The future of low-cost carrier Air Asia has been called into “significant doubt” by auditors Ernst & Young.
In a statement to the Kuala Lumpur stock exchange late on Tuesday, the company pointed to huge debts at the carrier.
Ernst & Young pointed out liabilities at Air Asia already exceeded assets by more than £340 million at the end of 2019.
The situation is likely to have deteriorated further as airlines around the world battle a slowdown in travel in the wake of the coronavirus pandemic.
Shares in the Malaysian-based airline fell by more than ten per cent this morning in response.
The financial performance “indicate existence of material uncertainties that may cast significant doubt on the group’s and the company’s ability to continue as a going concern,” Ernst & Young said in its unqualified audit opinion statement.
However, the gloom may be lifting as the lockdown eases.
“Nevertheless, with the recent progressive uplifting of restriction on interstate travel and domestic tourism activities within the operating countries, the group has seen positive developments on its business operations as passenger seat booking trends, flight frequencies and load factors are gradually improving to cater for the increasing demand,” the auditors added.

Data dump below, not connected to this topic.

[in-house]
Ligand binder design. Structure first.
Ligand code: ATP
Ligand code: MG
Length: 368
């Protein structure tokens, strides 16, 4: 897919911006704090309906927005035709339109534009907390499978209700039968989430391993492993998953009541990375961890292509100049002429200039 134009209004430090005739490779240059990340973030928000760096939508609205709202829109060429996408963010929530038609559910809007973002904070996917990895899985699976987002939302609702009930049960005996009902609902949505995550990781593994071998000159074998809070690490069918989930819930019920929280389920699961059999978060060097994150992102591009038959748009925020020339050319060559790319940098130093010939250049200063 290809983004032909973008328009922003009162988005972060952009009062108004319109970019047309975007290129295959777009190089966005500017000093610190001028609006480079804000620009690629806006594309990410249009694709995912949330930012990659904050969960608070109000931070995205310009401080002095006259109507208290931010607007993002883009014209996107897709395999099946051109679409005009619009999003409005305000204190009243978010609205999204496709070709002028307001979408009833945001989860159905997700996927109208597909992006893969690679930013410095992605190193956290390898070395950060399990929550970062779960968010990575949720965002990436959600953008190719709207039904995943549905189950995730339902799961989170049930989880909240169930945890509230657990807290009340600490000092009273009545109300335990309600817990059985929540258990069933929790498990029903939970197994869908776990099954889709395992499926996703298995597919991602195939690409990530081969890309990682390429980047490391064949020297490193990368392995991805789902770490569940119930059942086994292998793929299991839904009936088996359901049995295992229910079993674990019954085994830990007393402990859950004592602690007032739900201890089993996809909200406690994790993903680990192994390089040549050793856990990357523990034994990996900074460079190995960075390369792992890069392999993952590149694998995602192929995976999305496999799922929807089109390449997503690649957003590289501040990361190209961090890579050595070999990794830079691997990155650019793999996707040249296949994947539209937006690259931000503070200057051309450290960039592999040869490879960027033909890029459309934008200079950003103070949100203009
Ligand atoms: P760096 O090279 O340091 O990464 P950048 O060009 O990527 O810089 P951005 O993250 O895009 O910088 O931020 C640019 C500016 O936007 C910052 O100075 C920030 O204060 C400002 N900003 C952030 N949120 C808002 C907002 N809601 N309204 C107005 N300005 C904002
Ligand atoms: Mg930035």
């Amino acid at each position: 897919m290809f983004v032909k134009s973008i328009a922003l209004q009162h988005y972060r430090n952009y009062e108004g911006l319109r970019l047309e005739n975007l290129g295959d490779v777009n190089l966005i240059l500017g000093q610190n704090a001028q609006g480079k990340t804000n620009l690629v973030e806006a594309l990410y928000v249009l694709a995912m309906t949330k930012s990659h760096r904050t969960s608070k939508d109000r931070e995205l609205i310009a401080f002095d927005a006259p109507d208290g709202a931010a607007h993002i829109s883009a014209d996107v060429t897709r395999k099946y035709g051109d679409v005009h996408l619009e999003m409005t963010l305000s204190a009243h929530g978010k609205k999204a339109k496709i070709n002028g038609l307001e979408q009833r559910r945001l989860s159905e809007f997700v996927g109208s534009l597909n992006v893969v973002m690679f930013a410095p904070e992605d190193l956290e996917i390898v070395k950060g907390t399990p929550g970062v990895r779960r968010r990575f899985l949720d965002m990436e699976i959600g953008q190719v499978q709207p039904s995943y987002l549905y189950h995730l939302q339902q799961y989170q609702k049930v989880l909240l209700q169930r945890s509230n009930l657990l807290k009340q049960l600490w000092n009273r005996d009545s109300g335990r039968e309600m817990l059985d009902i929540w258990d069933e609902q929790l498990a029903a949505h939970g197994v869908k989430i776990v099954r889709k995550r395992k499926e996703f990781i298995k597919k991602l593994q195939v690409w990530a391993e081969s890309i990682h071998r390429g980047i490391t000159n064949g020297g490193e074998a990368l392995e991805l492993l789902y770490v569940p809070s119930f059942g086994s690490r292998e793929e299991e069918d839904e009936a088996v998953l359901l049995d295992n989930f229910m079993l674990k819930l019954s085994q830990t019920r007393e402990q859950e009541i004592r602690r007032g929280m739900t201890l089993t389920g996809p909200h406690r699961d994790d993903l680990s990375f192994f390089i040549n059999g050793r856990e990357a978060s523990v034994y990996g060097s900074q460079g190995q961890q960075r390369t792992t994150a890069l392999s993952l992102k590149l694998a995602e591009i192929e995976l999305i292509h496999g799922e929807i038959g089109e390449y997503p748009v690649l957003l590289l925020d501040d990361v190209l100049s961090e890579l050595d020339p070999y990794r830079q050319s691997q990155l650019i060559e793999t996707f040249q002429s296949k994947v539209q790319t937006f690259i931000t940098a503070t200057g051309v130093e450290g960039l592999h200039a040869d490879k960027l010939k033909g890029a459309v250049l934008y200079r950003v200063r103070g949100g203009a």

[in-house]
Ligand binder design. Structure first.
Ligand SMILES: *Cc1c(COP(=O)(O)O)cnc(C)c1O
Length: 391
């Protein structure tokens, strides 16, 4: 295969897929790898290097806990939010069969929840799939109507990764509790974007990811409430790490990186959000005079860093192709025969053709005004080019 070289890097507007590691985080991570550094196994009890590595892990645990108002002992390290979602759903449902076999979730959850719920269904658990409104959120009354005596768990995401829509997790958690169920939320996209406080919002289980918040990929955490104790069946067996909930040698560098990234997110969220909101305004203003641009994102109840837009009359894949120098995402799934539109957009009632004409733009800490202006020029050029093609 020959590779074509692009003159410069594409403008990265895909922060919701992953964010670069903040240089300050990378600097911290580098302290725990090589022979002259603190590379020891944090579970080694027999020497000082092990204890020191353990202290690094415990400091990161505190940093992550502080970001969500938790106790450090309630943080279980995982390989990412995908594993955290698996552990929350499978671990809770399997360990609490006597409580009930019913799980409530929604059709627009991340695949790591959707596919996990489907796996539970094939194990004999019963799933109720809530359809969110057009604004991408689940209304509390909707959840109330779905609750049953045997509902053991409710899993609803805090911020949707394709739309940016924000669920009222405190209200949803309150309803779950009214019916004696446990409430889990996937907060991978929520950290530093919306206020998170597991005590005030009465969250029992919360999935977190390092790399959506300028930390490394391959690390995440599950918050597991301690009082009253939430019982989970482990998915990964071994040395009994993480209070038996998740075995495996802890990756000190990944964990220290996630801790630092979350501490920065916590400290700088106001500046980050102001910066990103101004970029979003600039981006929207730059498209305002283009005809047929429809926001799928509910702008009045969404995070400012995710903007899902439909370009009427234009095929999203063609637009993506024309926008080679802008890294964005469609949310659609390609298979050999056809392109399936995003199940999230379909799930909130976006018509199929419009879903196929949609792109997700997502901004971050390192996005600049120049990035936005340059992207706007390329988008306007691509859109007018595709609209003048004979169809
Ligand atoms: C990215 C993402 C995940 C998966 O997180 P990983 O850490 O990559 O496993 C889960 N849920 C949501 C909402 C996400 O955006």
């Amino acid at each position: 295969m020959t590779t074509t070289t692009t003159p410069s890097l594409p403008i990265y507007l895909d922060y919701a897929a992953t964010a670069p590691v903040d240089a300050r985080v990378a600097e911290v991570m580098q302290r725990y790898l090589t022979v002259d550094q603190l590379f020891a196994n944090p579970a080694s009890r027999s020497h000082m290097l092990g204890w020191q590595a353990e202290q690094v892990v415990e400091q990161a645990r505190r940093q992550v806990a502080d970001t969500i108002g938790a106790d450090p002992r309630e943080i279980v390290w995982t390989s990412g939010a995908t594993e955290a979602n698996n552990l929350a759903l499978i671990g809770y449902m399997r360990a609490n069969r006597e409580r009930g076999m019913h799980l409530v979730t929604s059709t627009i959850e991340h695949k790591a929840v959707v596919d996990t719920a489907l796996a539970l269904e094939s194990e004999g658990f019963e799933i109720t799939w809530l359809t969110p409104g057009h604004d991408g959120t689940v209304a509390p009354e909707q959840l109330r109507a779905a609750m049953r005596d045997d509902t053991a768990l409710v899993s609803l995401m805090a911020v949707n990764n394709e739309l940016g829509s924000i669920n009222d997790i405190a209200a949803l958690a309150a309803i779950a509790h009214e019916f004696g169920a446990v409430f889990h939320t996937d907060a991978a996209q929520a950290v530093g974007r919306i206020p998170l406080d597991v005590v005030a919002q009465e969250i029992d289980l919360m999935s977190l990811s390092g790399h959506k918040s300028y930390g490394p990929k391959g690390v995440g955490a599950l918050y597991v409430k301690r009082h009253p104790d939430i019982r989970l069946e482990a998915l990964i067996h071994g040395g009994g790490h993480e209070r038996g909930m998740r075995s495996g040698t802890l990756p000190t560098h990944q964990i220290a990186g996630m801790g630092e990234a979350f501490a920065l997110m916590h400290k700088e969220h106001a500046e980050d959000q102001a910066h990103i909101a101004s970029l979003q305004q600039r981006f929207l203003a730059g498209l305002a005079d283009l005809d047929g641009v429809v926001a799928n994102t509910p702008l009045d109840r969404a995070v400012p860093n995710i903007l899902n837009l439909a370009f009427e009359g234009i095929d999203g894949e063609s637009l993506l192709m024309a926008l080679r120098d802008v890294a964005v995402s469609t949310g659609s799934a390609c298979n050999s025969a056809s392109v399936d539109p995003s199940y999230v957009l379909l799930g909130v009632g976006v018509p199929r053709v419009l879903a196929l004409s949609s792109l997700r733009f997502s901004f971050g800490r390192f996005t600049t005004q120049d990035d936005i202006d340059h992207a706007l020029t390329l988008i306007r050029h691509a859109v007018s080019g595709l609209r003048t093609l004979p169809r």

Founder Tony Fernandes, who also co-owns Queens Park Rangers football club in the UK, acknowledged problems, but said they would be overcome.
“This is by far the biggest challenge we have faced since we began in 2001,” Fernandes said in a statement.
“Every crisis is an obstacle to overcome, and we have restructured the group into a leaner and tighter ship.
“We are positive in the strides we have made in bringing cash expenses down by at least 50 per cent this year, and this will make us even stronger as the leading low-cost carrier in the region,” he added.
AirAsia said it was in talks over joint ventures and collaborations that may result in additional investment.
It has also applied for bank loans and is weighing proposals to raise additional capital.